In the winter of that year he began his next long journey, after being given a send-off that "looked like a dignitary's departure". He passed through Ueno, Osaka, Suma , Akashi, Kyoto, Nagoya, the Japanese Alps and Sarashina, where he saw the harvest moon. The trip from Edo to Akashi is recounted in The Records of a Travel-worn Satchel (Oi no Kobumi ), in which he sets out his belief in the haikai as a major art form. The Sarashina trip is described in A Visit to Sarashina Village (Sarashina Kiko ).
Towards the end of spring, 1689, he began a more challenging excursion to the wilds of northern Honshu. Stops on this trip included the Nikko Toshogu, Matsushima, Kisagata and Kanazawa, this last part of the journey passing Sado island. Again he produced a travel diary, The Narrow Road to the Deep North (Oku no Hosomichi), which is dominated by the concept of sabi: the identification of man with nature. Two further volumes developed the idea: Record of the Seven Days (Kikigaki Nanukagusa ) and Conversations at Yamanaka (Yamanaka Mondo ).
From autumn 1689 onwards, Basho spent two years visiting friends and making short journeys around the area of Kyoto and Lake Biwa. During this period he worked on an anthology being compiled by some of his pupils—The Monkey's Raincoat (Sarumino )—which expressed and followed the aesthetic principles which he had arrived at during his northern journey.
In the winter of 1691 he returned to Edo to live in his third Basho hut, again provided by his followers. However, he did not remain alone: he took in a nephew and a woman friend, Jutei, who were both unwell, and he had a great many visitors. He complained in one letter that this left him "no peace of mind". In the autumn of 1693 he refused to see anybody for a month, relenting only after adopting the principle of karumi or "lightness": a policy of non-attachment which allowed him to live in the world but to rise above its frustrations.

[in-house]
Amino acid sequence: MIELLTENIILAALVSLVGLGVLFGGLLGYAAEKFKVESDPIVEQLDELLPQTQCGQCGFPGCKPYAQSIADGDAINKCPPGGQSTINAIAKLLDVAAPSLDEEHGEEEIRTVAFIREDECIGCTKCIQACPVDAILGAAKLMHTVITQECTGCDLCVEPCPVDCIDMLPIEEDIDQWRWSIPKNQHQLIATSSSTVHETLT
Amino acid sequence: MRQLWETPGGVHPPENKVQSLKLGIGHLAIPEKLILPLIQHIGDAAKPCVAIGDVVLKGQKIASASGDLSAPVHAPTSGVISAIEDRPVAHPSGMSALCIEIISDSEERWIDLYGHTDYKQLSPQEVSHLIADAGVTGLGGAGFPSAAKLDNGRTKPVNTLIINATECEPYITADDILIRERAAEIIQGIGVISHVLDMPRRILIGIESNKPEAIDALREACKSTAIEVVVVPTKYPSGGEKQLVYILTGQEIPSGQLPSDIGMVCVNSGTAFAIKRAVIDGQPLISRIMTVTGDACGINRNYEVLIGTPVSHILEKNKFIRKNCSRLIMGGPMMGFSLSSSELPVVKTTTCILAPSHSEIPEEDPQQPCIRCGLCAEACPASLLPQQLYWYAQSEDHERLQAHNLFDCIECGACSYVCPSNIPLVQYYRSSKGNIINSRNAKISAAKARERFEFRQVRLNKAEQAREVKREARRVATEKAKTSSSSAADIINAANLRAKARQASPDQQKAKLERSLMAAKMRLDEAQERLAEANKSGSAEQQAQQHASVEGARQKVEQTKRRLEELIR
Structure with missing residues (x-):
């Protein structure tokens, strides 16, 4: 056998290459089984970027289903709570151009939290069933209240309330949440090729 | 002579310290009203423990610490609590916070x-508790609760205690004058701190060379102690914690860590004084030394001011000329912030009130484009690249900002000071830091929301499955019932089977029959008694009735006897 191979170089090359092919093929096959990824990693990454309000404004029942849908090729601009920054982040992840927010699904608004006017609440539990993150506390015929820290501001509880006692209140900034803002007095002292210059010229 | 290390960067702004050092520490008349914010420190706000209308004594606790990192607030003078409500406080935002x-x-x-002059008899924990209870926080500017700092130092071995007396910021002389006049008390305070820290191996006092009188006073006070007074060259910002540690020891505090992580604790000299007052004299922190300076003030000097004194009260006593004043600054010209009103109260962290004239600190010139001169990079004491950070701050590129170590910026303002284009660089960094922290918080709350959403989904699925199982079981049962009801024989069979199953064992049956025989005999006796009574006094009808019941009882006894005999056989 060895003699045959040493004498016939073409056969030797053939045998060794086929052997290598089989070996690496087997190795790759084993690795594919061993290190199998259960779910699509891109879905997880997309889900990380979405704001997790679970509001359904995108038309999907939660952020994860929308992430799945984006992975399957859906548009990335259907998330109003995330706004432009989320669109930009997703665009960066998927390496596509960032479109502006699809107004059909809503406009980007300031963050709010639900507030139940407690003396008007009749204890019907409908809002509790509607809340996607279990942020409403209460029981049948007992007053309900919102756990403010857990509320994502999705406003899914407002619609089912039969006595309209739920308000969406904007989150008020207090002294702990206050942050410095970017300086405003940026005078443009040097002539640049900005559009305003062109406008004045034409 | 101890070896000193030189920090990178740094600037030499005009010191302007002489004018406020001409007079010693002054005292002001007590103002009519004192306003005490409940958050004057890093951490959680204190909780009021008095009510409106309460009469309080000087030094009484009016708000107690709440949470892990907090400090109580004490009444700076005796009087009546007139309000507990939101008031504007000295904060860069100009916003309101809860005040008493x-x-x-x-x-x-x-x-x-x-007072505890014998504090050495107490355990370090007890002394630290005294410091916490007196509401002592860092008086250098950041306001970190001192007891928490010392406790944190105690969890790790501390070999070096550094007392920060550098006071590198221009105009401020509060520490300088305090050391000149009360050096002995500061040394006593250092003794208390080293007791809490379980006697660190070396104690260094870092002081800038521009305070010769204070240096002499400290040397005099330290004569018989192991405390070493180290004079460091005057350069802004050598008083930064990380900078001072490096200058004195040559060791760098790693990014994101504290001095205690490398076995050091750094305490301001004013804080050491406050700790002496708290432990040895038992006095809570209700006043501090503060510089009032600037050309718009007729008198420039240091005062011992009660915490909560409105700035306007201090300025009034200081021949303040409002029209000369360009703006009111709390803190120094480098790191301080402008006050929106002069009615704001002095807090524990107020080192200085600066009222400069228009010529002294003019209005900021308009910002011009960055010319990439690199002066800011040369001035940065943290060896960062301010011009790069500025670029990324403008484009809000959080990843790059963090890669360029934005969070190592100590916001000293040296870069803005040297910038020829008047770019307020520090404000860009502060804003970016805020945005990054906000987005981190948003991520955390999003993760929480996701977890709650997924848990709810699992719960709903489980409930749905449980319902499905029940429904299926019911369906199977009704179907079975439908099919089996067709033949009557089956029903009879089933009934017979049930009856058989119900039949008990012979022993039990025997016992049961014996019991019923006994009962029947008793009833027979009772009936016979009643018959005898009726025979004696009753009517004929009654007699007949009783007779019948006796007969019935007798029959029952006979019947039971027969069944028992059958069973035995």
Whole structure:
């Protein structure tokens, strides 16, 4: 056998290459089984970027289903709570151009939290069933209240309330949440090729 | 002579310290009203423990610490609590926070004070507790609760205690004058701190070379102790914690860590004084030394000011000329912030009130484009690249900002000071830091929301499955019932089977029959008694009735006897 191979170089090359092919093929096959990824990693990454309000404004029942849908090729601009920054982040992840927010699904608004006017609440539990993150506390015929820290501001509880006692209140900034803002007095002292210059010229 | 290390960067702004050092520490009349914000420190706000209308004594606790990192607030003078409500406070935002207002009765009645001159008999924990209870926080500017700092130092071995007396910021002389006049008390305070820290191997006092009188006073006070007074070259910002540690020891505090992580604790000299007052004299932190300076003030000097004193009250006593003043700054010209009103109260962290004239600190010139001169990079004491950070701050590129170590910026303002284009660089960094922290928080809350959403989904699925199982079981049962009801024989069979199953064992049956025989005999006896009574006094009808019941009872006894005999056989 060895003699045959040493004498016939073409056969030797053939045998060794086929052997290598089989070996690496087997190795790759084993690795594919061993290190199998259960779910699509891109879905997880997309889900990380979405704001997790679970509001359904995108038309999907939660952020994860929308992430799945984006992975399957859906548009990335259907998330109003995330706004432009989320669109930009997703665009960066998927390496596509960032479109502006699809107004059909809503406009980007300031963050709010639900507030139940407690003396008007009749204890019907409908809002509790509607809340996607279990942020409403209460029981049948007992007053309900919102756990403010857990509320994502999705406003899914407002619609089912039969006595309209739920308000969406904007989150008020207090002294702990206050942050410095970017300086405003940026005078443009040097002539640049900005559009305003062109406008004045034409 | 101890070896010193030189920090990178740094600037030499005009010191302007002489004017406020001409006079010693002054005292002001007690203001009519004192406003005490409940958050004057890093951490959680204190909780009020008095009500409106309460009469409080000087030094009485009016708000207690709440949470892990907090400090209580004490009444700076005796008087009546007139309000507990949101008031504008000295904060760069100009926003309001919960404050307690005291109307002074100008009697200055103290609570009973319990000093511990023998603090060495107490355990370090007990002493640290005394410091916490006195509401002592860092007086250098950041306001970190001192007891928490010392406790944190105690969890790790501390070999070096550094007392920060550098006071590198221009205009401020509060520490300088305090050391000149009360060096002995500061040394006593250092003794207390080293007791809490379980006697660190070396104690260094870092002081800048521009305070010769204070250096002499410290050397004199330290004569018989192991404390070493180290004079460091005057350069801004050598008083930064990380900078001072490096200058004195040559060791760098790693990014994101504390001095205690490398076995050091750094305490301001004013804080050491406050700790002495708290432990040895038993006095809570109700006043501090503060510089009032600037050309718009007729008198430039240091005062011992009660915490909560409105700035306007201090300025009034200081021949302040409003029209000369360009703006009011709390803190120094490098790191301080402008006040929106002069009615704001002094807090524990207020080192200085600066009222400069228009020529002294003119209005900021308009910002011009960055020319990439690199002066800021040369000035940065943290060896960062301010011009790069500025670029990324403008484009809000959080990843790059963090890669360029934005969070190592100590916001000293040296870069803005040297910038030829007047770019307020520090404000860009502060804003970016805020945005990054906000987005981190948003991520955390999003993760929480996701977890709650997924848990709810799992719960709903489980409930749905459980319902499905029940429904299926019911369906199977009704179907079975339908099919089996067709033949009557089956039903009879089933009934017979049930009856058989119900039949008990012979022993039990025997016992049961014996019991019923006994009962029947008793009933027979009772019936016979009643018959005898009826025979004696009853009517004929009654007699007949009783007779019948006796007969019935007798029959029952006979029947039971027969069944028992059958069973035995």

- Travelling, sick
- My dreams roam
- On a withered moor
It was Basho who raised the haiku from a comic verse, often written for light relief, to a serious form, imbued with the spirit of Zen Buddhism. Many of his haiku were in fact the first three lines of longer renga (which some critics consider his best work) rather than standalone works, but they have been collected and published on their own many times and his work was a great inspiration to later writers such as Kobayashi Issa and Masaoka Shiki. One of the most famous haiku attributed to him (Matsushimaya Aa Matsushimaya Matsushimaya, extolling the wordless beauty of Matsushima Bay) was actually written by a late Edo period poet, Tawarabo . Basho preferred writing on the twelfth day of the tenth month of the lunar calendar, and using Shigure (時雨), a cold fall rain as a kigo.
Basho travelled very widely during his life, and many of his writings reflect his experiences on his travels. His book Oku no Hosomichi (奥の細道, The Narrow Road Through the Deep North), written in 1694 and widely seen as his finest, is an example of this. In it, prose descriptions of the landscape through which he travelled are interspersed with the haiku for which he is now most famous.
- Makoto Ueda, Bashō and His Interpreters: Selected Hokku with Commentary, Stanford University Press © 1992 ISBN 0-8047-1916-0 cloth ISBN 0-8047-2526-8 pbk [457 pp. 255 hokku]
- Haruo Shirane, Traces of Dreams: Landscape, Cultural Memory, and the Poetry of Bashō, Stanford University Press © 1998 ISBN 0-8047-3098-9 cloth ISBN 0-8047-3099-7 pbk [381 pp.]
- Oku no Hosomichi in Japanese and English with notes.
- Classical Japanese Database — various poems by Basho in original and translation